Monastery of São João de Tarouca
At the beginning of nationality, the conquest of territory from the Moors was ensured, among others, by the Cistercian order, which began here, still with a Romanesque base, and ended in Alcobaça with a pure Gothic.
Compared with his “Cistercian brother”, in Alcobaça, the state of degradation of everything besides the church is sad.
However, great recovery efforts are being made, and something interesting can be seen in what remains of the monastery’s immensity.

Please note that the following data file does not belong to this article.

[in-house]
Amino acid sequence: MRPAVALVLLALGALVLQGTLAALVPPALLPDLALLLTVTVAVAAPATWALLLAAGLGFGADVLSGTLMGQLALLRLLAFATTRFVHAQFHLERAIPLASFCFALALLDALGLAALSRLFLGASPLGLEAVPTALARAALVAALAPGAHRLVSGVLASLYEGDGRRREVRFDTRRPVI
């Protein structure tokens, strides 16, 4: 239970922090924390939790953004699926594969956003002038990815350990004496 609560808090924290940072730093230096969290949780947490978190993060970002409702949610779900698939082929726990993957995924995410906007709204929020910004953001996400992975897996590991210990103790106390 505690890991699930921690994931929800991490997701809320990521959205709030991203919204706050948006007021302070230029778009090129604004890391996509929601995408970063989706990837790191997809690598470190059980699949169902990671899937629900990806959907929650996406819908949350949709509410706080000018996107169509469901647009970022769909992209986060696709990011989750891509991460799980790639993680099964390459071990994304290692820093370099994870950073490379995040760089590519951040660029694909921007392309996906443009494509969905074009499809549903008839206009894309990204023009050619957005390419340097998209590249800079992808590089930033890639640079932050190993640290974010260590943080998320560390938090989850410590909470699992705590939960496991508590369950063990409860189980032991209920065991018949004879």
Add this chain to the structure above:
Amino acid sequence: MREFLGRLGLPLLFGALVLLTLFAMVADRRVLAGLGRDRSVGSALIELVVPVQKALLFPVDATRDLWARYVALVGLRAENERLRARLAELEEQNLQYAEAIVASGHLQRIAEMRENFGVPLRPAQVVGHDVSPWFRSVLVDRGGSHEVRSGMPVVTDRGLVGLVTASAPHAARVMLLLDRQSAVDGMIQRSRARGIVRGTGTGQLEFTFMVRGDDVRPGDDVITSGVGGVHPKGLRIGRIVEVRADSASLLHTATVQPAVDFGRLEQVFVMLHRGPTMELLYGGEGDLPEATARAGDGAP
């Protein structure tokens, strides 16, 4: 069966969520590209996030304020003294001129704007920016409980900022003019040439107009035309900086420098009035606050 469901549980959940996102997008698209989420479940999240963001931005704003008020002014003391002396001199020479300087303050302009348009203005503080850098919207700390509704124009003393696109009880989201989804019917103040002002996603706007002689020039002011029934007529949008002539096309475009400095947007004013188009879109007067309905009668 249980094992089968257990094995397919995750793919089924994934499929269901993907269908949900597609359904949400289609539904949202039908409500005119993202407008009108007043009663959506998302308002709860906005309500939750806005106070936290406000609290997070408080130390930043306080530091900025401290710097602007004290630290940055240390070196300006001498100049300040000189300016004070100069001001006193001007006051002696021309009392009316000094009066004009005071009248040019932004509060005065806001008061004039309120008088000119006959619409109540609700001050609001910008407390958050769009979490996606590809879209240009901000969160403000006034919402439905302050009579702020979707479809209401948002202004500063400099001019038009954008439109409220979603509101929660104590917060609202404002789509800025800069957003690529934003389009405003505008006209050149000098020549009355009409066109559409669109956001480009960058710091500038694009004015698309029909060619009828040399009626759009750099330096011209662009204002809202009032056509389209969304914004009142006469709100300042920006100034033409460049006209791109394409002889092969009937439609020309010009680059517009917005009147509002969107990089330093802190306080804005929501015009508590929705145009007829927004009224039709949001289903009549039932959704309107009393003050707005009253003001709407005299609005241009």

Inside the Monastery
Started to build in 1154, closely linked to the foundation of Portugal, this monastery reached its apogee in the 17th and 18th centuries, being abandoned during the liberal revolution that extinguished the monastic orders in 1834.
The subsequent degradation and dilapidation was halted in 2009 when it was declared a national monument and began to be the subject of restoration work.
Outside the usual tourist routes, and with paths of poor quality, it is still an interesting visit, which is highly recommended.
Currently, only the church has been recovered, but the attached ruins show the enormous size of the convent (and the enormous cost of an eventual recovery).